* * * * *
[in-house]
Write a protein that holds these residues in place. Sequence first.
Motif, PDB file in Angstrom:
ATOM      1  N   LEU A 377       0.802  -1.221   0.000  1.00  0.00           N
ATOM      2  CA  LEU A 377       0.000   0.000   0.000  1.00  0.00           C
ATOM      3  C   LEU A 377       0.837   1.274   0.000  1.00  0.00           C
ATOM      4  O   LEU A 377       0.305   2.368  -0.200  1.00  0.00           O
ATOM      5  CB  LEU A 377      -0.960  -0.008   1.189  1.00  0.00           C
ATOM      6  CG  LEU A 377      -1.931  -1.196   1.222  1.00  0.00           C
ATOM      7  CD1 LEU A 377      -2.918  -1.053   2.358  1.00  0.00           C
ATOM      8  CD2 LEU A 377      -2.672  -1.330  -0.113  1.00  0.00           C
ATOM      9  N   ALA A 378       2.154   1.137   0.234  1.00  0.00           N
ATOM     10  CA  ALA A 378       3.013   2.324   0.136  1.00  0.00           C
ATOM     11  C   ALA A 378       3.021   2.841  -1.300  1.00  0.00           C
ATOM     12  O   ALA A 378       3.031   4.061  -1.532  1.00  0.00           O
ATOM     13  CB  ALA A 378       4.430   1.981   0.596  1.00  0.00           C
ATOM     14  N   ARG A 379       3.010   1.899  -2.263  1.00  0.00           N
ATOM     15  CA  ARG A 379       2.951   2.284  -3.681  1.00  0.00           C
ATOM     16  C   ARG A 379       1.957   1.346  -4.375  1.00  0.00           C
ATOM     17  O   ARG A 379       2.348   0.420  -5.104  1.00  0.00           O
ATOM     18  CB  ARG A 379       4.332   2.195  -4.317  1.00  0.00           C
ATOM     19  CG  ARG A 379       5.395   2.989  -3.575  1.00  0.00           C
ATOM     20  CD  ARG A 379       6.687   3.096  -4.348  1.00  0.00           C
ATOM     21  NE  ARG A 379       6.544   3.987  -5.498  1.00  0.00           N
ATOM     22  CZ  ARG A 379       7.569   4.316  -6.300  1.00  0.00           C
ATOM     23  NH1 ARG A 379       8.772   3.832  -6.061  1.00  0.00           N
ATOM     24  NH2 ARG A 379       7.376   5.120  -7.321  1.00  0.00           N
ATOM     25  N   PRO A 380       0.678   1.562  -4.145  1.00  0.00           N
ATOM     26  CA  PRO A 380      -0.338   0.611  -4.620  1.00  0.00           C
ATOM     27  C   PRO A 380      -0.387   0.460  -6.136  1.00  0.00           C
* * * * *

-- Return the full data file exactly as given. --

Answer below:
[in-house]
Write a protein that holds these residues in place. Sequence first.
Motif, PDB file in Angstrom:
ATOM      1  N   LEU A 377       0.802  -1.221   0.000  1.00  0.00           N
ATOM      2  CA  LEU A 377       0.000   0.000   0.000  1.00  0.00           C
ATOM      3  C   LEU A 377       0.837   1.274   0.000  1.00  0.00           C
ATOM      4  O   LEU A 377       0.305   2.368  -0.200  1.00  0.00           O
ATOM      5  CB  LEU A 377      -0.960  -0.008   1.189  1.00  0.00           C
ATOM      6  CG  LEU A 377      -1.931  -1.196   1.222  1.00  0.00           C
ATOM      7  CD1 LEU A 377      -2.918  -1.053   2.358  1.00  0.00           C
ATOM      8  CD2 LEU A 377      -2.672  -1.330  -0.113  1.00  0.00           C
ATOM      9  N   ALA A 378       2.154   1.137   0.234  1.00  0.00           N
ATOM     10  CA  ALA A 378       3.013   2.324   0.136  1.00  0.00           C
ATOM     11  C   ALA A 378       3.021   2.841  -1.300  1.00  0.00           C
ATOM     12  O   ALA A 378       3.031   4.061  -1.532  1.00  0.00           O
ATOM     13  CB  ALA A 378       4.430   1.981   0.596  1.00  0.00           C
ATOM     14  N   ARG A 379       3.010   1.899  -2.263  1.00  0.00           N
ATOM     15  CA  ARG A 379       2.951   2.284  -3.681  1.00  0.00           C
ATOM     16  C   ARG A 379       1.957   1.346  -4.375  1.00  0.00           C
ATOM     17  O   ARG A 379       2.348   0.420  -5.104  1.00  0.00           O
ATOM     18  CB  ARG A 379       4.332   2.195  -4.317  1.00  0.00           C
ATOM     19  CG  ARG A 379       5.395   2.989  -3.575  1.00  0.00           C
ATOM     20  CD  ARG A 379       6.687   3.096  -4.348  1.00  0.00           C
ATOM     21  NE  ARG A 379       6.544   3.987  -5.498  1.00  0.00           N
ATOM     22  CZ  ARG A 379       7.569   4.316  -6.300  1.00  0.00           C
ATOM     23  NH1 ARG A 379       8.772   3.832  -6.061  1.00  0.00           N
ATOM     24  NH2 ARG A 379       7.376   5.120  -7.321  1.00  0.00           N
ATOM     25  N   PRO A 380       0.678   1.562  -4.145  1.00  0.00           N
ATOM     26  CA  PRO A 380      -0.338   0.611  -4.620  1.00  0.00           C
ATOM     27  C   PRO A 380      -0.387   0.460  -6.136  1.00  0.00           C